Locavore on the Road: Artisanal Cheese & the Marin County Cheese Trail


I’ve spent what would likely add to up to countless hours contemplating the purchase of various cheeses at locations ranging from Whole Foods to Stinky Bklyn to a “serve yourself” fridge on a country roadside in Western Massachusetts. I clearly remember my first encounter with fancy cheese – most selections likely small batch and artisanal, but I know now that not all were. I had visited the upscale restaurant in Vail, Colorado where my step-sister was a pastry chef and she served my date and me a cheese plate, with the various creamy, salty, and fatty notes counterbalanced by homemade fruit jam or sharp pickles. It was a revelation: like a good relationship, opposite flavors brought out the best in each component. The sommelier suggested a fruity white wine to go with our platter – also a deviation from the typical bold red that we preferred. And he was right, of course. That contrast only heightened the flavors on the plate.

The cheese I remember most from that night was a Dutch Aged Gouda – super salty, with crystals that crunched. Paired with a Colorado peach jam, the saltiness was heightened, the nuances of the fruit clearly defined. We had a deeply stinky blue cheese, I recall as well. Also paired with a bit of sweet. The  funkiness of that blue – maybe it was Moody Blue, one of the first artisanal blues that changed many people’s perception of the style in the past decade – was so unlike the crumbles the fancier restaurants I had visited before that time had conservatively plunked atop my side salad. We had (what I would only know to refer to now as) a semi-soft selection as well. As we slowly savored these new flavor combinations, that cheese both mellowed and deepened – getting weirder and warmer and more odiferous in all the best ways. Eaten on its own after we took our time sipping wine and chatting, its flavor was so interestingly distinct from the first taste when the platter initially came out. Paired with a tangy pickle, the fat and funk was mellowed – a counterpoint provided to highlight its best characteristics. My date – now my husband – and I left that cheese course changed people. And today I could recreate a similar platter, that at the time had seemed so revolutionary to my palate – in three minutes flat. But what still keeps me pondering cheese is the eternal search for that same sense of discovery and surprise.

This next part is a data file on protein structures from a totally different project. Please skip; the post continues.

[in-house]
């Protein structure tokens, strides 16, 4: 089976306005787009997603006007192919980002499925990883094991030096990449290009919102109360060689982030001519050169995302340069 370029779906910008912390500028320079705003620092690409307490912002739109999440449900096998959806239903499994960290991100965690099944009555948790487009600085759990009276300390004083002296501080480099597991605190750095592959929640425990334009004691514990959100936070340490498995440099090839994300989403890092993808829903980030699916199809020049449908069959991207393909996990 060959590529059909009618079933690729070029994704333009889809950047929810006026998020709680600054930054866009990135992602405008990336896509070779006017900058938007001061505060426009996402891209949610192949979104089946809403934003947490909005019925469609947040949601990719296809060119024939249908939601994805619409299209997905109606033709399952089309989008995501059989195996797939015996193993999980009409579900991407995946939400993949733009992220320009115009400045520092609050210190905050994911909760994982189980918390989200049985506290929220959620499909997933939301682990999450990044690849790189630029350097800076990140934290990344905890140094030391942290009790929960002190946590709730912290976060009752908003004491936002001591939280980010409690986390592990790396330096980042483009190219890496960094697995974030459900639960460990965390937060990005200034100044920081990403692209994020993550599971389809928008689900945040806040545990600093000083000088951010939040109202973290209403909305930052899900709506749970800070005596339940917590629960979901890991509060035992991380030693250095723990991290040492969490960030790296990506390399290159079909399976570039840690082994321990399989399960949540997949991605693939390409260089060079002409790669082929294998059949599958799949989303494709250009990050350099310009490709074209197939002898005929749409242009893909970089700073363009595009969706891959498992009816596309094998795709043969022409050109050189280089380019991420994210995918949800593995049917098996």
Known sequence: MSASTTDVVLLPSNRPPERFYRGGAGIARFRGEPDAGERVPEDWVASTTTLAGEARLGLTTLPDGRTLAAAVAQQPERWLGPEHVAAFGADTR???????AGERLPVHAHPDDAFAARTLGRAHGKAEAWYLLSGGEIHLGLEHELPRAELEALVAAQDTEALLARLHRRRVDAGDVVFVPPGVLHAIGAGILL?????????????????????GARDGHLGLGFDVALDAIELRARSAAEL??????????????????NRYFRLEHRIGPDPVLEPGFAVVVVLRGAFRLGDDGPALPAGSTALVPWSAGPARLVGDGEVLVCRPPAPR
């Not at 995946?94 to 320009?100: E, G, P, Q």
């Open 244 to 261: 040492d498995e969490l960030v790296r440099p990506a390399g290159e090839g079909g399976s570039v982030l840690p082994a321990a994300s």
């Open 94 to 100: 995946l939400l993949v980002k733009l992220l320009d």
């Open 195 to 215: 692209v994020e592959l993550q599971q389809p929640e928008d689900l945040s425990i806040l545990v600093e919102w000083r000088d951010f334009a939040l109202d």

I’ve had enough moments since that day to keep me going: the evening with a group of girlfriends that featured plenty of wine and a wedge of an Italian semi-soft taleggio that sat, ignored, in an increasingly warm room as we laughed and gossiped and drank until we finally dug in to the oozing mass. I had not remembered the flavor of that cheese being so deep and unctuous until it had been submitted to that perfect alchemy of temperature and humidity and a drunken need for exactly that perfect snack. Another moment: my husband was working at a wine and cheese shop and he brought home a new offering from Utah. Beehive Cheese hand-rubs espresso and lavender on a cow’s milk round, creating a product both sharp from aging and sweet from the milk terroir – with complementary notes of flower and earth from the rub. And there have been more revelations at the hand of new cheeses: that moment in deep winter when I tasted the distinct notes of clover from a cheese made from spring cow’s milk, my first burrata, that day I first knew that I was eating a sheep’s milk cheese and could distinguish it from that from a goat or cow – or even buffalo milk selection.